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The New £1 million IHT Allowance (…well for some!)

Currently everyone has £325,000 that they can pass on free of inheritance tax, known as the Nil Rate Band. Anything above this is taxed at 40%. The allowance is doubled for couples, so £650,000 can be passed on tax free. This has been the threshold since April 2009, but many of you will remember the manifesto pledges put forward from the Conservatives before last year’s election: the promise of a £1 million IHT allowance. Well, they got there in the end.

From April 2017, the Family Home Allowance will be introduced at £100,000 per person, gradually increasing to £175,000 by April 2020.  With this new Main Residence Nil Rate Band (MRNRB) added to the original £325,000 threshold this will provide a total of £500,000 IHT allowance per person.  So, if you are a couple this should lead to the promise of a total £1 million allowance for a couple (in theory).

Now for the ‘ifs’ and ‘buts’…

  1. To benefit from the new allowance the property must pass directly to children (natural, adopted or step) so if there are no children to pass to, the allowance will not be available.
  2. The property must be worth at least £350,000 in order to claim the full allowance, otherwise it will fall in line with the property value.  
  3. If you are lucky enough to have an estate in excess of £2million, then for every £2 over this amount you lose £1 of the new allowance, which is an effective tax rate of 60%. This means that estates over £2.7 million will not benefit at all from the policy change.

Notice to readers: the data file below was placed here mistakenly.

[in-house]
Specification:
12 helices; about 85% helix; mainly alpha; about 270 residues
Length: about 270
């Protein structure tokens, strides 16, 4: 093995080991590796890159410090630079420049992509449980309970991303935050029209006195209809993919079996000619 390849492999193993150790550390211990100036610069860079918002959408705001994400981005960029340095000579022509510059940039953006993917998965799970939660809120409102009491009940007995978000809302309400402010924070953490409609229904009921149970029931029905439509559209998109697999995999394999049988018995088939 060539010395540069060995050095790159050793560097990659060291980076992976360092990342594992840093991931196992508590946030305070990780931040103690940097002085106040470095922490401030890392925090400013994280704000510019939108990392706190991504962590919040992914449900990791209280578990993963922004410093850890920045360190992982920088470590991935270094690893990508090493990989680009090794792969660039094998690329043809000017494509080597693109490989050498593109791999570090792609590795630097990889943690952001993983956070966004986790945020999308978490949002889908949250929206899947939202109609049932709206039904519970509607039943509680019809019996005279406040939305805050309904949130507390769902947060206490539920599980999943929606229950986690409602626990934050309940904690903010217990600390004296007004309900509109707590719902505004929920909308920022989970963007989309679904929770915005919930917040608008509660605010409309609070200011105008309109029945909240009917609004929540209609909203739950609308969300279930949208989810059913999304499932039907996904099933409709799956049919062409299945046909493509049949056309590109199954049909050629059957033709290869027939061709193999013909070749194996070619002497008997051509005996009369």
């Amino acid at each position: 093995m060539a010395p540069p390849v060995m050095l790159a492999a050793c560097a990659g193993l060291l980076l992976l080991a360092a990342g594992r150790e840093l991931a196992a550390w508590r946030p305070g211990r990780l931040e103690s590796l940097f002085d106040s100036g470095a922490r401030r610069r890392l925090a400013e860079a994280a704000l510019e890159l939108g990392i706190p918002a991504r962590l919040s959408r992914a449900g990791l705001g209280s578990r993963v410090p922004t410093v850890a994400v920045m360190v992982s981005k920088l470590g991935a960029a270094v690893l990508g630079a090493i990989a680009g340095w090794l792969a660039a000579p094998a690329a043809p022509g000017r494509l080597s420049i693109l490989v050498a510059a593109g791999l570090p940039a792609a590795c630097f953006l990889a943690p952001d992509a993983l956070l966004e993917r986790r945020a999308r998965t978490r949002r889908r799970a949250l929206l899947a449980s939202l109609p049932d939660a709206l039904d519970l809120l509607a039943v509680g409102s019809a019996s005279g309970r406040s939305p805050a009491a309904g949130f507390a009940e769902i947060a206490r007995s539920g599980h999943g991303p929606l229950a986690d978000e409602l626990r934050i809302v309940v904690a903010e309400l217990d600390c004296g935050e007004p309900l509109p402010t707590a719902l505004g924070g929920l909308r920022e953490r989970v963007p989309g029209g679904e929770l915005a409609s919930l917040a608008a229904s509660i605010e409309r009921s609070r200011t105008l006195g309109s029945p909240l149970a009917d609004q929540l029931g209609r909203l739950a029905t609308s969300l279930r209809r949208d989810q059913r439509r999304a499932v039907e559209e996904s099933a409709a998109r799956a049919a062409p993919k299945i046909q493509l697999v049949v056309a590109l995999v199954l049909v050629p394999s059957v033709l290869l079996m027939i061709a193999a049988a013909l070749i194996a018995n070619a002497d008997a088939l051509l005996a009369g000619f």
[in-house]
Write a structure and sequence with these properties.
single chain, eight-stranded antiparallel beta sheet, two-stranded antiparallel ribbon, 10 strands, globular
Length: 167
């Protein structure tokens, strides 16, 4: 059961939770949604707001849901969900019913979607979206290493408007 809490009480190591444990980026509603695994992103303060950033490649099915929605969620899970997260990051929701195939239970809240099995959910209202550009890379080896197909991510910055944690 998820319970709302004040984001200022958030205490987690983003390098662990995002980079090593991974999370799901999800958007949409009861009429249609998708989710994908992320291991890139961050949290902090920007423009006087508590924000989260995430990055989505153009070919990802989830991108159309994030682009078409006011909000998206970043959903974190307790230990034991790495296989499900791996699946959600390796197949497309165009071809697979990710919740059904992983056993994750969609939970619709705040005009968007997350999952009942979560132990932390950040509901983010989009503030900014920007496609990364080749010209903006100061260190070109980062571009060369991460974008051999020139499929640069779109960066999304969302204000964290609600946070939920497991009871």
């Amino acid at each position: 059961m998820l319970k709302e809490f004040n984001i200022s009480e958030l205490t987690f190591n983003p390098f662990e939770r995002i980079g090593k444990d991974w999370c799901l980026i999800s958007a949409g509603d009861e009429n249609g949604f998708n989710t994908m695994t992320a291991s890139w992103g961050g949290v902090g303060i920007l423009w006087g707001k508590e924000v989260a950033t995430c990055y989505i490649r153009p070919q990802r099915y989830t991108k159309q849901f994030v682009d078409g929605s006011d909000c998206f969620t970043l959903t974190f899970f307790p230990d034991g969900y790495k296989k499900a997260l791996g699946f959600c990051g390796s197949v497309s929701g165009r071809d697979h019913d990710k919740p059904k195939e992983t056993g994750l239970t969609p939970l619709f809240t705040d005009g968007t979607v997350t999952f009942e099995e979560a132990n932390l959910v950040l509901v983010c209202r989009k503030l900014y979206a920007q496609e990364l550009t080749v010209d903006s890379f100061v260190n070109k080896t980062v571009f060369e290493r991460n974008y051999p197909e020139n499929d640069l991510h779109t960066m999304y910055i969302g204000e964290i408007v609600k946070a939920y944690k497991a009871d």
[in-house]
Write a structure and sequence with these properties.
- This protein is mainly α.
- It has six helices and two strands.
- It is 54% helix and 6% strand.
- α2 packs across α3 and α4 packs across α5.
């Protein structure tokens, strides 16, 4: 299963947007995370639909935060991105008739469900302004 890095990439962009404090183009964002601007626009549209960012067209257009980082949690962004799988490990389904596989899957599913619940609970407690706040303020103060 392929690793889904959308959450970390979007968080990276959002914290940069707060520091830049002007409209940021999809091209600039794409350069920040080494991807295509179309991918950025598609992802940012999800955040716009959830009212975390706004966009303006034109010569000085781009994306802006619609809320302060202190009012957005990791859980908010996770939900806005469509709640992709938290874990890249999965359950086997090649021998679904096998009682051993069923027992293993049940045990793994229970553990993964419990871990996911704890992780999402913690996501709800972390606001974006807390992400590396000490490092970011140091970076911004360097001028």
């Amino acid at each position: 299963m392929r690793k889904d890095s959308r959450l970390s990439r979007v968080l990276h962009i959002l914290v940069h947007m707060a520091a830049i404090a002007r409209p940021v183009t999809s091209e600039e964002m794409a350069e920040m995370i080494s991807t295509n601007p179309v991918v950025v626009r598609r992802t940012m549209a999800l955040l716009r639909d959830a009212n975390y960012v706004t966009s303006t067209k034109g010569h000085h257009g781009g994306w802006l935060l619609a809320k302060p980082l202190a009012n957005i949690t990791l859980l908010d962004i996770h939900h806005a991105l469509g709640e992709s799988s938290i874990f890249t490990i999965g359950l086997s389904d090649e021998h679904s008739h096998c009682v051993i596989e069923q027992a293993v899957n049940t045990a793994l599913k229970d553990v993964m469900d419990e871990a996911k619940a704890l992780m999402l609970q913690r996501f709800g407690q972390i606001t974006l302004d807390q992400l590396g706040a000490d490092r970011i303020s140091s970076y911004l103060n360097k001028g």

However, perhaps the more positive side is that the small print states that even if death occurs before April 2017, the allowance will still be available and transferable to a surviving spouse.  Furthermore, if you downsize to a smaller property, or sell completely after July 2015, you will still be able to claim the allowance.

It is probably fair to say that the £1 million allowance will benefit a lot of people but some it will not, which is likely to involve further debate or tweaking of policy. Additionally, the July budget extended the “freeze” on the standard Nil Rate Band until at least 2021, so those people who are not eligible for the new MRNRB might actually find themselves worse off.

Ultimately, due to the unfortunate complexities of the proposed legislation briefly outlined above, many may miss out on the new allowances. So the Conservatives pledge that “you’ll be able to pass on up to £1 million per couple completely tax-free” may have some way to go yet until it becomes a reality for all.

 

The information provided through the Equilibrium website is based on our opinion and is for general information purposes only. This blog is a summary of recent developments. It is not, and should not be construed as financial advice and should not be regarded as a substitute for advice in any particular case.